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Year End Review - Refereeing Department

By OSA News, 12/16/14, 9:15AM EST


The past year has been a time of great change in the Referee Development with the introduction of the Grading Protocol and the Technical Advisory Group. These two initiatives are the biggest changes this program has seen in decades.

Why a Grading Protocol?

  • Make grades meaningful and standardized 
  • Ensure that referees of the correct grade are assigned to games 
  • Provide tools to Districts and Assignors Grading Protocol Implementation Impact 
  • Clearly outlines requirements to obtain and maintain a grade 
  • Establish unified standard across Ontario 
  • Further defines Grades 5, 6 and 8 • Reduce subjectivity of Grades 
  • Promotes education and development 
  • Build foundations for a clear Career Path 


In 2013, they saw a need for more succession planning, community involvement, and the expansion of existing programs in order to facilitate the changes ahead.  They mirrored the Technical Advisory Council as it had been so successful and created six pillars of leadership, with three leaders per pillar.

Other upgrades

It was imperative to them that every Referee will benefit from the pillars work and programs Pillars presented their three year plans to the DRCs in November 2014 and all were approved/accepted.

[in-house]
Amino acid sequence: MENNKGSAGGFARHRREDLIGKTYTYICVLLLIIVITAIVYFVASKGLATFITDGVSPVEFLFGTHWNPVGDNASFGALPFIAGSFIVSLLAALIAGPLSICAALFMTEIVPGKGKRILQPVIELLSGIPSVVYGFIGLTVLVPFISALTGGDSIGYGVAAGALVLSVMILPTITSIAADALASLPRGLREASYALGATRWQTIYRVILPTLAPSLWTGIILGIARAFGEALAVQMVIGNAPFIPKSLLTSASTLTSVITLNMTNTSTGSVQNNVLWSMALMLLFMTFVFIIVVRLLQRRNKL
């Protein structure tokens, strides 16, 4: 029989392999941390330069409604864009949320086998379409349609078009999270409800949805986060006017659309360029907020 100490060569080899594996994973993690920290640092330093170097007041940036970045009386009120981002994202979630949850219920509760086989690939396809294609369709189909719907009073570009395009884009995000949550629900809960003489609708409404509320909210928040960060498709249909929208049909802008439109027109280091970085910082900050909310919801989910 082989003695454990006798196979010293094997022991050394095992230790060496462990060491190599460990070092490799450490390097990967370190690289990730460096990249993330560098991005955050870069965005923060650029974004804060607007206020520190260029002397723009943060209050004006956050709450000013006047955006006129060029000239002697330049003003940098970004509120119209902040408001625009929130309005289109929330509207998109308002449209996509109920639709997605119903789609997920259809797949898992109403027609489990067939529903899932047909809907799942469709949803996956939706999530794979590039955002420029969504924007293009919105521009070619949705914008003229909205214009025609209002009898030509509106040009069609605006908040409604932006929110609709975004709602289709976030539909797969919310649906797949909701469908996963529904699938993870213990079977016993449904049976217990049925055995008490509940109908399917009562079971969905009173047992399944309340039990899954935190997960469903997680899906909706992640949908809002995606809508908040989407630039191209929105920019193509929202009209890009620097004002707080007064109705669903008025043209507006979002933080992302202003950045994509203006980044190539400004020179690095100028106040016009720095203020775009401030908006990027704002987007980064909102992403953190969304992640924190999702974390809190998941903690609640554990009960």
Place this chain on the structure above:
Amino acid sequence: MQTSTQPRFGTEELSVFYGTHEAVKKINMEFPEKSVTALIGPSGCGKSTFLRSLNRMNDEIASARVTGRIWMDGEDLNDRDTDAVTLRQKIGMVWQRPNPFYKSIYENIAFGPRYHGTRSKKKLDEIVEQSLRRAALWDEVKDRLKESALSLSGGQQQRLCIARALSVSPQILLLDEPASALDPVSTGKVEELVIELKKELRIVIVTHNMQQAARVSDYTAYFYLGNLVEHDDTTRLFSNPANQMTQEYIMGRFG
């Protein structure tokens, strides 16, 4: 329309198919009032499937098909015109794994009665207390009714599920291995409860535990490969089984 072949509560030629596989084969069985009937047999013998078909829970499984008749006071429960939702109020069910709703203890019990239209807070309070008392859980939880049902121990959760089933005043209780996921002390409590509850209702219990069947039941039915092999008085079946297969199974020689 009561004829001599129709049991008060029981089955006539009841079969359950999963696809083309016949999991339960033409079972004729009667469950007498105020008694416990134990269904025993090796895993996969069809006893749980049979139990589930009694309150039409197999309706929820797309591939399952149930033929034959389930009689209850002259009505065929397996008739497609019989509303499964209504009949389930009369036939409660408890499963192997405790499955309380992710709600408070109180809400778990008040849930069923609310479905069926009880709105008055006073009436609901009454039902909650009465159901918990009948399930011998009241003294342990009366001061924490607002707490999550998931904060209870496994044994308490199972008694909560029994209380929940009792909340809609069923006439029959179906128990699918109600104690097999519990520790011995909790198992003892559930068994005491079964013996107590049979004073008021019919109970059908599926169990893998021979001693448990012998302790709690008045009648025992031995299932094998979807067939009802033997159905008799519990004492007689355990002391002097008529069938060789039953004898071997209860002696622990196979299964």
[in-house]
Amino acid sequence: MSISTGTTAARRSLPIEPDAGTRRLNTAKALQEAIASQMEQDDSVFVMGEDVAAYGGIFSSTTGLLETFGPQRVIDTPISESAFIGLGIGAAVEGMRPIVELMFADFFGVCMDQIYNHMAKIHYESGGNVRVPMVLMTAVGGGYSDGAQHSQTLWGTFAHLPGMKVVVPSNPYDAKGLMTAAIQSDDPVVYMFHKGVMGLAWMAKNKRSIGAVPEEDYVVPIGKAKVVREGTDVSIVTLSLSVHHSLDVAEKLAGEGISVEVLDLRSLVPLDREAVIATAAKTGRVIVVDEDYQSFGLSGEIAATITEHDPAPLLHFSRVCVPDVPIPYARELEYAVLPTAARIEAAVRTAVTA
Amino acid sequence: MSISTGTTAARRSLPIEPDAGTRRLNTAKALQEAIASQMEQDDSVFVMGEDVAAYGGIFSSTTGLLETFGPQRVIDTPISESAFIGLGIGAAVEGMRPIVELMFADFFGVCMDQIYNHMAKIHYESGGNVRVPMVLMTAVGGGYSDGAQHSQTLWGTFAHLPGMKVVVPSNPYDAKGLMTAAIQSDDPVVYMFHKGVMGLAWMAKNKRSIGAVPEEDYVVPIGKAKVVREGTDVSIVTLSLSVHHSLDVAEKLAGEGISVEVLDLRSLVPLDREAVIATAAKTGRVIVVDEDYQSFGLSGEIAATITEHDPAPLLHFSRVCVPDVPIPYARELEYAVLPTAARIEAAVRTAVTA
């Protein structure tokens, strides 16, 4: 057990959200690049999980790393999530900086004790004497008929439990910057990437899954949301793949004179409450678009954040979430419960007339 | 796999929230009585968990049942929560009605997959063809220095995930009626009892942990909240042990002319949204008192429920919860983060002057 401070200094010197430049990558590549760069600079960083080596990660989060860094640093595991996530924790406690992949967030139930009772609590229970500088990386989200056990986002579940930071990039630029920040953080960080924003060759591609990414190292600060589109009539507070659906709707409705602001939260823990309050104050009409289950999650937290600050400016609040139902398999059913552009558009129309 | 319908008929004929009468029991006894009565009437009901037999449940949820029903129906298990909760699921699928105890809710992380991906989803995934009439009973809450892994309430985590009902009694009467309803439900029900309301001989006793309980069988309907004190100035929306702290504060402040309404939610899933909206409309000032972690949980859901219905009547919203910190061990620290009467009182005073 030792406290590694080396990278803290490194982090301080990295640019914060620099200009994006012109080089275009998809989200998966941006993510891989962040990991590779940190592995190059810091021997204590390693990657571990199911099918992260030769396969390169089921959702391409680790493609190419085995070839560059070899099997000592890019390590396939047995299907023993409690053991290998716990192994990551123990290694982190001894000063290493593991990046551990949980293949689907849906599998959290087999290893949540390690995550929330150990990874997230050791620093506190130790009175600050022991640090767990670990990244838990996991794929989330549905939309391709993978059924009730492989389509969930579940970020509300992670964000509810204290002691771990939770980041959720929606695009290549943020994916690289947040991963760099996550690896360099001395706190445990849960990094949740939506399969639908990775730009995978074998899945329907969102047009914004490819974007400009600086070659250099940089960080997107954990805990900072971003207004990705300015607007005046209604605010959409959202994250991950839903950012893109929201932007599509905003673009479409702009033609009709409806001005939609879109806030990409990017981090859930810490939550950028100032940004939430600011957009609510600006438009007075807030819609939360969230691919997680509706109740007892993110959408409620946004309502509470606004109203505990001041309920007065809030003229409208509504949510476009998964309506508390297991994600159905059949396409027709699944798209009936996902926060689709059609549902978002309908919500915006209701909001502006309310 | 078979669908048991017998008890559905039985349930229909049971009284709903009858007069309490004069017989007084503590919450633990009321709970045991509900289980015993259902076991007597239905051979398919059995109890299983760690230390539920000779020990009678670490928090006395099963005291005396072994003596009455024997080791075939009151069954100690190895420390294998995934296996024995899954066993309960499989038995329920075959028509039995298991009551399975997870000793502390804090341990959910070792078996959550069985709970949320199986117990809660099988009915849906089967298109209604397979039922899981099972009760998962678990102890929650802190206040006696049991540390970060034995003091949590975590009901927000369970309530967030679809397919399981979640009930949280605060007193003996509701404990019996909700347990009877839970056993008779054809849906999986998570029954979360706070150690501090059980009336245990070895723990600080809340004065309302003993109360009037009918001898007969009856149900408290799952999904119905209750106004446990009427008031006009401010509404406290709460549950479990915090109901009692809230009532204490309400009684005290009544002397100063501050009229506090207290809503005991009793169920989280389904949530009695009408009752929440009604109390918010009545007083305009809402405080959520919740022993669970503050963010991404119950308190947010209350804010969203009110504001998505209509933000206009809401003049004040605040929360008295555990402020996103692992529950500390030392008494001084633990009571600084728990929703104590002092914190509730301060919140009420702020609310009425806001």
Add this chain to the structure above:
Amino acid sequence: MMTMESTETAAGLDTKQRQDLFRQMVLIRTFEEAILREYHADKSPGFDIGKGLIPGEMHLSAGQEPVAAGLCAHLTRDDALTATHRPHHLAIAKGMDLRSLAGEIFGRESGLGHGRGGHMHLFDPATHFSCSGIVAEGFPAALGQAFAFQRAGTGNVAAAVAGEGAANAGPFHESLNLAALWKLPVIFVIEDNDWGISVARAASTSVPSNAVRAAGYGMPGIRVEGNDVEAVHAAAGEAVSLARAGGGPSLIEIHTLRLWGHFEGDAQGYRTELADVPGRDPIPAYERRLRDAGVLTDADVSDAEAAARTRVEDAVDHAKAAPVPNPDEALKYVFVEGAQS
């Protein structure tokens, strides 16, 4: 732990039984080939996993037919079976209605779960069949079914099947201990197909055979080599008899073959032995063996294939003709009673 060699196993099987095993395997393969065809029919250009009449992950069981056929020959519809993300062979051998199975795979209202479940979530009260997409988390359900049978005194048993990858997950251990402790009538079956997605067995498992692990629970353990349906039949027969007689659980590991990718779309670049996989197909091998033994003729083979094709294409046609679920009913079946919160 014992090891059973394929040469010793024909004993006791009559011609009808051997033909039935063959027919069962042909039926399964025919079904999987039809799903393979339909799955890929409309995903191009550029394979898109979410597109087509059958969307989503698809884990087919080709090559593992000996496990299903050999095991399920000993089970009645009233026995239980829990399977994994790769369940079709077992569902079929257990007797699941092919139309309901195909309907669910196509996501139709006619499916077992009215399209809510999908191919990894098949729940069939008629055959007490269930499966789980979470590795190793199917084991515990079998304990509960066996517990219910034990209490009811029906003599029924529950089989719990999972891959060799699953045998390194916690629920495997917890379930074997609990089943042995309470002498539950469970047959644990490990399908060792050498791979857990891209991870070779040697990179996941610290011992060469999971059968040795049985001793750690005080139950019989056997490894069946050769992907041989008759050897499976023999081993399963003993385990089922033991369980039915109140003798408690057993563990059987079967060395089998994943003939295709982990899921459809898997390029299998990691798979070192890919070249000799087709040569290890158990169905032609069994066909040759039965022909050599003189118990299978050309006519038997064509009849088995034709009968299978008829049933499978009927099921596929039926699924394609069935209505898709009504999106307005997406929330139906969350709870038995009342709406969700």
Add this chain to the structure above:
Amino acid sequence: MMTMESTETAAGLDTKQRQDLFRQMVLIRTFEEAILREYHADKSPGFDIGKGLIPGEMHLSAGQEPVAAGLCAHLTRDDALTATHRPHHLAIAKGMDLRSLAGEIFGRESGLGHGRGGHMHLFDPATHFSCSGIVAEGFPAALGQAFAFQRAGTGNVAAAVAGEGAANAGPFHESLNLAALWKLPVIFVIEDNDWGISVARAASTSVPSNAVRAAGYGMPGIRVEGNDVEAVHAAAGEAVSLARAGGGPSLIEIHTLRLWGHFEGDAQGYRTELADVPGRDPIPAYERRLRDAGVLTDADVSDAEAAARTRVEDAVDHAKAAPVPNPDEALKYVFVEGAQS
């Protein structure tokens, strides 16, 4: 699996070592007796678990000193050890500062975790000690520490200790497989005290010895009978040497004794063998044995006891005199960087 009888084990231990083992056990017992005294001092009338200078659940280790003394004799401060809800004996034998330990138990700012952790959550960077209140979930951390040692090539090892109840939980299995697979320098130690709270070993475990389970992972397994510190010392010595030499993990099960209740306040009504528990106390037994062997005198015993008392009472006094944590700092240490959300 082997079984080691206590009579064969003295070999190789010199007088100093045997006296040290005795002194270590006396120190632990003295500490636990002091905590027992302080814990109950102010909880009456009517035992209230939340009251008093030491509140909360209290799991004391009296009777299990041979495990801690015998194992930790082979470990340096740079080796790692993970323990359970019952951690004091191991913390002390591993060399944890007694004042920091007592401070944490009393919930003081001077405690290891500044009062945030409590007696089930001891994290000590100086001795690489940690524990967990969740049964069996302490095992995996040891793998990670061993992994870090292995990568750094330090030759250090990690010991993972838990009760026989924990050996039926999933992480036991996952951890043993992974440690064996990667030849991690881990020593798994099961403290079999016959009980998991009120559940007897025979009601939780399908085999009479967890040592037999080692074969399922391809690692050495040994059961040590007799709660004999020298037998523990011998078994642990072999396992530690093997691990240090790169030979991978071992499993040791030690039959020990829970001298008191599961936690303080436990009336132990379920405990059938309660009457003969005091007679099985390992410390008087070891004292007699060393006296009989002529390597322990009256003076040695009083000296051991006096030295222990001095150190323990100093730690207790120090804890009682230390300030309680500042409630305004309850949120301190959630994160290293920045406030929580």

There has been some great forward momentum the past 2.5 to 3 years, resulting in a 2.3 per cent increase in retention rate (over two years), a record number of UG Applicants (90+), with 80 accepted.

In addition, Ontario officials are being assigned to all levels of Club Nationals and Regional Competitions.

ART Graduates have been assigned to MLS games and PRO Referees Association.

Creating technological efficiencies within the department has allowed them to concentrate more of their  time on development and listening and working with the officials.

When they introduced online registration in 2011, only 65 per cent of registrants embraced it, in 2014 we are up to 98.5 per cent reducing the paper flow in the department. In 2013 they mandated an ‘Education Evaluation’ as part of registration, but did not require certain marks to be met – so the average mark in 2013 was 65 per cent 

In 2014 the average mark was 82 per cent as they have instituted requirements, and a mark will now affect a referees grade, and their game assignments.

Further more, fitness standards were introduced at the District Referee level for the first time. All districts ran District Fitness Tests, and those that passed the required standard were placed in a grade pool that could now be permitted the higher level games, those that require a certain level of fitness.

They have concentrated their time on outreach in 2014 – communicating with the base of the referee development pyramid – and met over 2,500 officials face to face.

This is making a significant difference in how the OSA is seen in the referee community.